Any lingering sense of injustice was then exacerbated when the same offender fouled James Lawrie after 58 minutes, only for him then to escape without being penalised via a warranted second yellow card from the perplexingly lenient official.

The combative and yet impressive Pilgrims succeeded in becoming the first team to prevent the Robins from scoring in a home league fixture since Gainsborough Trinity’s narrow 1-0 victory at Moss Lane on Saturday, 8th December 2012.

However, I have to say that their, at times, somewhat cynical and atavistic ‘take no prisoners’ approach evoked dark and traumatic memories for me of those ruthless and successful Jim Smith/Howard Wilkinson-managed Boston United sides of the early and mid-1970s. Send for John King and Stan Allan!

May I also add that it was splendid to see the venerable George Heslop back at The J. Davidson Stadium for the visit of Boston United after his recent suspension owing to health problems, which at one stage saw him taking more pills than Kurt Cobain in 1990. I must confess that home games just haven’t been the same without the post-match ritual of insulting the moustachioed old codger in the Noel White Suite. Welcome back, you old dodderer!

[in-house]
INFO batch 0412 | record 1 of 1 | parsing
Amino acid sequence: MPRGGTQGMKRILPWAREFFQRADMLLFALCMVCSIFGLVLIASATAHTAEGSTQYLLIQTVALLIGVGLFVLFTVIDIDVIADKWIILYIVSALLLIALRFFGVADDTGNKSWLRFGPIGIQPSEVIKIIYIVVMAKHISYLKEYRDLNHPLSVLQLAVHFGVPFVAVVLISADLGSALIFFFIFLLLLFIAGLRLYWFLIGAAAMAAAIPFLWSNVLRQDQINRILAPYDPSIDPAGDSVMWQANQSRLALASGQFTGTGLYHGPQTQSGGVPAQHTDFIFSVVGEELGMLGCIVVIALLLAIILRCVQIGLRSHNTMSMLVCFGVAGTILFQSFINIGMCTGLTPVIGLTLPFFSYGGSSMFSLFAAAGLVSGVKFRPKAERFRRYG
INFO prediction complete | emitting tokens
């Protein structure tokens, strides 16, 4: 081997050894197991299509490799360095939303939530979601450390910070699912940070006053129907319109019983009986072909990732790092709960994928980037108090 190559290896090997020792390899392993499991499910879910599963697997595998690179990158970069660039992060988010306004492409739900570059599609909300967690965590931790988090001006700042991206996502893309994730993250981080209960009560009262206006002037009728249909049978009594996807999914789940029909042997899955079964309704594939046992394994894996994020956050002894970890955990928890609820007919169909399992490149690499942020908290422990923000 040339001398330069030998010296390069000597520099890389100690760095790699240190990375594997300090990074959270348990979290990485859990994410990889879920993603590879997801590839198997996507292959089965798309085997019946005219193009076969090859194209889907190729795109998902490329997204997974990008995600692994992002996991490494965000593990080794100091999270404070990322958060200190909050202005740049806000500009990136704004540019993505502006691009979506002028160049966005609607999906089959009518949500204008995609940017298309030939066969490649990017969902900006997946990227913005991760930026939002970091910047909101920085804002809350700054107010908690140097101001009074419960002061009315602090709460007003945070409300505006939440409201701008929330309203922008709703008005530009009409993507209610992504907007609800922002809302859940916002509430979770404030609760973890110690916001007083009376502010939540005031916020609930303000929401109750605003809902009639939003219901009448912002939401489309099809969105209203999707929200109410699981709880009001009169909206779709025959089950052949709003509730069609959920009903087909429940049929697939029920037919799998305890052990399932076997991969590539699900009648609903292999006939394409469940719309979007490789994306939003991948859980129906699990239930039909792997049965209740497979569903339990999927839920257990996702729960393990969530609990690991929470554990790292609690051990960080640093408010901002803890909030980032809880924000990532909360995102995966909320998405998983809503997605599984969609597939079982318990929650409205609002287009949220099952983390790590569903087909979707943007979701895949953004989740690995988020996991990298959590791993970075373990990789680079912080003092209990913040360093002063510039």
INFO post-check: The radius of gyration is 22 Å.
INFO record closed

I can also exclusively reveal that the BBC have selected Mister Heslop as their replacement for (the astonishingly even older figure of) Bruce Forsyth as the host on the next series of Strictly Come Dancing. George is the natural heir, as those of us who were privileged to witness him demonstrate his jive in the Noel White Suite circa 1997 will readily testify.